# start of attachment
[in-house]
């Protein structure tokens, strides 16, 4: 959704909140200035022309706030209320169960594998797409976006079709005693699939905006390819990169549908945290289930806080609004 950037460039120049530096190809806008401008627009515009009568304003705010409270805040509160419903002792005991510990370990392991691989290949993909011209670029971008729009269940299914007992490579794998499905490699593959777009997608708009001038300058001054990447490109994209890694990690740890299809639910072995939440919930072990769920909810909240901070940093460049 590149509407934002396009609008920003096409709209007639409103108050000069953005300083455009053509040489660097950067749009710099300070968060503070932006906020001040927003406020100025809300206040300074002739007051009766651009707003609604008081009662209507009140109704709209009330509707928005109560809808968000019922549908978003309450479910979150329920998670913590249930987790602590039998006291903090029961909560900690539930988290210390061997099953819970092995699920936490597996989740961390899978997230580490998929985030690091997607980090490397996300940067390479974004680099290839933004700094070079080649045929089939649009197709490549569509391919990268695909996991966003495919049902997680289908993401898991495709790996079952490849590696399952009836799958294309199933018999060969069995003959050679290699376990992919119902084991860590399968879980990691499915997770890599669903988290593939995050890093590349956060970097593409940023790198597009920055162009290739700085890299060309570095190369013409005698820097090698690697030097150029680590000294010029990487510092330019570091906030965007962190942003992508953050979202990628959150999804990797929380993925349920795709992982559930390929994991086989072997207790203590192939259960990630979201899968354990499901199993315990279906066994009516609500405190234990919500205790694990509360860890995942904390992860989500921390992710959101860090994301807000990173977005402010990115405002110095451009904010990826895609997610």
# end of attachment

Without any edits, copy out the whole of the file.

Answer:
[in-house]
């Protein structure tokens, strides 16, 4: 959704909140200035022309706030209320169960594998797409976006079709005693699939905006390819990169549908945290289930806080609004 950037460039120049530096190809806008401008627009515009009568304003705010409270805040509160419903002792005991510990370990392991691989290949993909011209670029971008729009269940299914007992490579794998499905490699593959777009997608708009001038300058001054990447490109994209890694990690740890299809639910072995939440919930072990769920909810909240901070940093460049 590149509407934002396009609008920003096409709209007639409103108050000069953005300083455009053509040489660097950067749009710099300070968060503070932006906020001040927003406020100025809300206040300074002739007051009766651009707003609604008081009662209507009140109704709209009330509707928005109560809808968000019922549908978003309450479910979150329920998670913590249930987790602590039998006291903090029961909560900690539930988290210390061997099953819970092995699920936490597996989740961390899978997230580490998929985030690091997607980090490397996300940067390479974004680099290839933004700094070079080649045929089939649009197709490549569509391919990268695909996991966003495919049902997680289908993401898991495709790996079952490849590696399952009836799958294309199933018999060969069995003959050679290699376990992919119902084991860590399968879980990691499915997770890599669903988290593939995050890093590349956060970097593409940023790198597009920055162009290739700085890299060309570095190369013409005698820097090698690697030097150029680590000294010029990487510092330019570091906030965007962190942003992508953050979202990628959150999804990797929380993925349920795709992982559930390929994991086989072997207790203590192939259960990630979201899968354990499901199993315990279906066994009516609500405190234990919500205790694990509360860890995942904390992860989500921390992710959101860090994301807000990173977005402010990115405002110095451009904010990826895609997610």